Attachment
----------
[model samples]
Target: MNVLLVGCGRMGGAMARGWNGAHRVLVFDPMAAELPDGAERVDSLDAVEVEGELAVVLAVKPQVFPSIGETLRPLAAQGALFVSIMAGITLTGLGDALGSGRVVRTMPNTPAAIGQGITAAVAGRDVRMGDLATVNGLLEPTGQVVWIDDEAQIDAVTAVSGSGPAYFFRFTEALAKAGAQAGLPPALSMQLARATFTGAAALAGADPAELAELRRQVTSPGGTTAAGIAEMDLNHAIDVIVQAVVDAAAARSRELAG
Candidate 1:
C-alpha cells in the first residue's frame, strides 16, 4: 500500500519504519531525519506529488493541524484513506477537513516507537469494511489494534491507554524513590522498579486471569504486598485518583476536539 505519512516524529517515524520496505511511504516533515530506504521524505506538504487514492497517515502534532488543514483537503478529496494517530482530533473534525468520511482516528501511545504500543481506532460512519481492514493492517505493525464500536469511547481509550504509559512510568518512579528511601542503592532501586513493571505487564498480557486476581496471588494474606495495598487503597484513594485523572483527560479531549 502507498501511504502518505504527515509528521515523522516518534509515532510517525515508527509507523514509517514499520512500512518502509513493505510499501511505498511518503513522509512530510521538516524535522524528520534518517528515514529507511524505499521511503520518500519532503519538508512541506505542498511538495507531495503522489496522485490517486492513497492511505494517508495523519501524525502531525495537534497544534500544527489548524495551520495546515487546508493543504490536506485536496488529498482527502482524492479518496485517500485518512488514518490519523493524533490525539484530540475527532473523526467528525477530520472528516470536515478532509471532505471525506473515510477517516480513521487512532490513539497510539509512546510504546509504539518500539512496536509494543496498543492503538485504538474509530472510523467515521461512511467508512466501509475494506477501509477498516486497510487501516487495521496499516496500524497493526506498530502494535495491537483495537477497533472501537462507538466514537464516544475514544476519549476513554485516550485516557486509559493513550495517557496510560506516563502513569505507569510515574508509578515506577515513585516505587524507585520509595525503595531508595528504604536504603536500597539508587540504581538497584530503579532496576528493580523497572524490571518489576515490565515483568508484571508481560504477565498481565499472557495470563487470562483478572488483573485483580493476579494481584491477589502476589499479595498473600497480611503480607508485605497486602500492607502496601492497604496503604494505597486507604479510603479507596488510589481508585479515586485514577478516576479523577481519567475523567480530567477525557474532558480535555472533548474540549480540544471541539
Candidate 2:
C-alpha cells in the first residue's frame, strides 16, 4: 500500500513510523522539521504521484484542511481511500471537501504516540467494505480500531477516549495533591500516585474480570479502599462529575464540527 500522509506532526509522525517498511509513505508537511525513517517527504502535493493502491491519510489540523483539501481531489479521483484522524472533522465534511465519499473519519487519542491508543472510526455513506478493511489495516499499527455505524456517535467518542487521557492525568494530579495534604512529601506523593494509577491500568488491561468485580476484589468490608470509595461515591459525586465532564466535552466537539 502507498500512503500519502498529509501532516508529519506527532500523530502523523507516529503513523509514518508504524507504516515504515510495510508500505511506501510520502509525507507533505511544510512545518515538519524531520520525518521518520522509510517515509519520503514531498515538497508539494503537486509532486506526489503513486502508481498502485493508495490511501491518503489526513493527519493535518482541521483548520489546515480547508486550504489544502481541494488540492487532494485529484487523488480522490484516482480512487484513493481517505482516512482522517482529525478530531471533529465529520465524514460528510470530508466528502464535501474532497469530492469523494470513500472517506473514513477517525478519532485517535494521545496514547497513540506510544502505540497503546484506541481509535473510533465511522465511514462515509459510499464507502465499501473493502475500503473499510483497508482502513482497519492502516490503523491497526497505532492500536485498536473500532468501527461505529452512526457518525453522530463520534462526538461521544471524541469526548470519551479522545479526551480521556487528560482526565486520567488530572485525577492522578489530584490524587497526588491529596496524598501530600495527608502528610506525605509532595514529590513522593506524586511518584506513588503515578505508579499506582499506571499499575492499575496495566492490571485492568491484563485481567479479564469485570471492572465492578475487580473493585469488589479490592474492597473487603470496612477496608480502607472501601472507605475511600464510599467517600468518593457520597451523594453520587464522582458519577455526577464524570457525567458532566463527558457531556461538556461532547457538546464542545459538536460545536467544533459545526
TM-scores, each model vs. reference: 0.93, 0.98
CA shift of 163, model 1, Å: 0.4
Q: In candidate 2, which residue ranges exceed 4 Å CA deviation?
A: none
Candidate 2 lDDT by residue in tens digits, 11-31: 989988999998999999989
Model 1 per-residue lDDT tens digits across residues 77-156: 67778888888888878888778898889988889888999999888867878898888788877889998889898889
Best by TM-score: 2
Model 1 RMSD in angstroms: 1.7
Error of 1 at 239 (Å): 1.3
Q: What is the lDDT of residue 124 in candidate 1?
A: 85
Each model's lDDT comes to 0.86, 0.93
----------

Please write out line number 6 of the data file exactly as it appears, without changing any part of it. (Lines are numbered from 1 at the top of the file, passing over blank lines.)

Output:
C-alpha cells in the first residue's frame, strides 16, 4: 500500500513510523522539521504521484484542511481511500471537501504516540467494505480500531477516549495533591500516585474480570479502599462529575464540527 500522509506532526509522525517498511509513505508537511525513517517527504502535493493502491491519510489540523483539501481531489479521483484522524472533522465534511465519499473519519487519542491508543472510526455513506478493511489495516499499527455505524456517535467518542487521557492525568494530579495534604512529601506523593494509577491500568488491561468485580476484589468490608470509595461515591459525586465532564466535552466537539 502507498500512503500519502498529509501532516508529519506527532500523530502523523507516529503513523509514518508504524507504516515504515510495510508500505511506501510520502509525507507533505511544510512545518515538519524531520520525518521518520522509510517515509519520503514531498515538497508539494503537486509532486506526489503513486502508481498502485493508495490511501491518503489526513493527519493535518482541521483548520489546515480547508486550504489544502481541494488540492487532494485529484487523488480522490484516482480512487484513493481517505482516512482522517482529525478530531471533529465529520465524514460528510470530508466528502464535501474532497469530492469523494470513500472517506473514513477517525478519532485517535494521545496514547497513540506510544502505540497503546484506541481509535473510533465511522465511514462515509459510499464507502465499501473493502475500503473499510483497508482502513482497519492502516490503523491497526497505532492500536485498536473500532468501527461505529452512526457518525453522530463520534462526538461521544471524541469526548470519551479522545479526551480521556487528560482526565486520567488530572485525577492522578489530584490524587497526588491529596496524598501530600495527608502528610506525605509532595514529590513522593506524586511518584506513588503515578505508579499506582499506571499499575492499575496495566492490571485492568491484563485481567479479564469485570471492572465492578475487580473493585469488589479490592474492597473487603470496612477496608480502607472501601472507605475511600464510599467517600468518593457520597451523594453520587464522582458519577455526577464524570457525567458532566463527558457531556461538556461532547457538546464542545459538536460545536467544533459545526